Tuesday, August 19, 2008

Just Read

My more recent posts have been film-based, which is fine and good, but I'm hoping, at least in the next couple of weeks, to return to more thoughts and essays on literature and writing. As for my personal readings, I've decided to swing for the metaphorical fences, embarking on a study that will have great highs and frustrating lows, perhaps in equal measure, or maybe with the lows taking the edge. I'm reading William Gaddis' 1975 novel JR. I'm fully prepared (but hoping against) for the possibility of tossing it aside in frustration. On a more modest, optimistic note, I will succeed if I can finish it and at least have a basic understanding of the plot. I've caught some of the references and metaphors in the 102 pages I've read so far (out of 726...not a daunting task for another book, but keep in mind that JR has no chapter breaks, no quotations, and lightning-quick scene transitions). I'm sure I've missed twice as many of the references as I've picked up on, but so far, I'm surprised at how enjoyable and witty it's been.

This is my second attempt at the book, since I'm finding notes and underlinings that I have no memories of making. I bought it three years ago after taking many classes where William Gaddis was discussed in awed, hushed tones, as well as after my many readings of Jonathan Franzen's "Mr. Difficult" essay (I'm proud of myself, since I don't think I've referenced Franzen in at least two months on this blog). In part, Franzen writes in the essay about the satisfaction of reading The Recognitions (Gaddis' 1955 debut), and the frustrations of giving up on reading JR. After many hours of reading ABOUT JR, I felt it was time to jump right in. A couple of days ago, I read a few pages, was following along quite nicely, and immediately put it down. It was almost as if I was scared to keep going, since I didn't want to be disappointed when the hilarious, twisting dialogue kept turning into a headache-inducing labyrinth. Last night, I picked it up again, now determined to see it to the end.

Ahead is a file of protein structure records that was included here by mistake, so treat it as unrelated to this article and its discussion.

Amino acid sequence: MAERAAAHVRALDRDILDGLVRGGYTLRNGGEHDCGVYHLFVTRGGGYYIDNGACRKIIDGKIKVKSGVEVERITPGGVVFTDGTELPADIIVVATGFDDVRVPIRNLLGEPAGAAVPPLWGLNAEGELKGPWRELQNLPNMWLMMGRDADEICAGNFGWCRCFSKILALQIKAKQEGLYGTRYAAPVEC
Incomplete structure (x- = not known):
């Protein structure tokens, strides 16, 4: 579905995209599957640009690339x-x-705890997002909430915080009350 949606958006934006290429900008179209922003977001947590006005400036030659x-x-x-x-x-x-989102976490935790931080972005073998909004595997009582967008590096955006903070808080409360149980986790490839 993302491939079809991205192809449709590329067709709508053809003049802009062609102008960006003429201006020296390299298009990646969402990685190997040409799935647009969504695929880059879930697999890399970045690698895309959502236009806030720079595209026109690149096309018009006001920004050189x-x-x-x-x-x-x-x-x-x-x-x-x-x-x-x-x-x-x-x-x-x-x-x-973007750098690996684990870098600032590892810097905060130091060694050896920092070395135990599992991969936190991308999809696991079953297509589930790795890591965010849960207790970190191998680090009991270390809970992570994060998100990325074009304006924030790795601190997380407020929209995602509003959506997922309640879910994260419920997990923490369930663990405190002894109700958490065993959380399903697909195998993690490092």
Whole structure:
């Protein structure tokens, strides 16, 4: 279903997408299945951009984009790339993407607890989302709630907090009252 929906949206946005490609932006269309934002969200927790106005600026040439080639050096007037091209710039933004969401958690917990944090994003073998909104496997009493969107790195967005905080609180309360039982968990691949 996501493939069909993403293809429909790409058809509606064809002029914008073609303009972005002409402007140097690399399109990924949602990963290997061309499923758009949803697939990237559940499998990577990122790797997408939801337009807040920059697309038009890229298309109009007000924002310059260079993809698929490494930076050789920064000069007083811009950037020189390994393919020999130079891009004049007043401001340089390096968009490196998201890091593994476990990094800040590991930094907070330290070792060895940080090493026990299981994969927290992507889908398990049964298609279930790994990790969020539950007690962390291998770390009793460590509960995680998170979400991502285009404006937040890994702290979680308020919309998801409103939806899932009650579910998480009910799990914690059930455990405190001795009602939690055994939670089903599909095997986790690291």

I hope to write about it again once I'm finished, but so far, so good (read: understandable). Most reviews/summaries of the novel describe it as a satire of American capitalism and greed (JR, the main character, is an eleven year-old, semi-accidental business magnate). While that description is true and warranted, what I love so far is that Gaddis had a natural knack for business language, namely, as George Carlin put it best, the language of bullshit. When JR's class takes a field trip to a stock exchange to buy a single stock in Diamond Cable (and therefore, as is said many times, to buy a piece of America), one of the brokers gives them a tour:

"--This is the board room, where your board of directors meets. They sit right in the very chairs you're sitting in and, oh Carol just bring those in and pass them around. This is your company's Annual Report boys and girls, we put it out because we believe that you, and all the other company owners, have a right to know all about your company and the activities it's engaged in Carol tell him to get that projector going, the many varied ways your company serves our great country with cable of every kind you can imagine from the defense industry to communications of every sort, the... (Gaddis 91)."

Gaddis hilariously mixes pompous speeches like the one above with dialogue among the brokers by themselves, a great splice of B.S. and honesty.

I'm hoping to have the book finished in the near future, with more thoughts and descriptions to come. In his introduction to the Penguin paperback edition of the book, Frederick R. Karl mentions the double meaning of "JR," stating how it also stands for "Junior," a play on the protagonist's age. For me, "JR" means "Just Read." I've been tip-toeing around it for so long, so it's about time that I just rolled up my sleeves.

Work Cited:

Gaddis, William. JR. Copyright 1975 by William Gaddis.


jpb said...

I am pretty sure I am going to teach Franzen's "Mr. Difficult" essay this semester, as well as Ben Marcus' polemic response (in Harper's).

James Yates said...

Good call. It's one of my favorites, obviously, since I seem to reference in writing and conversation all the time.

I haven't read Ben Marcus' essay. I'll give it a read tomorrow (assuming that "Harper's" is free online).

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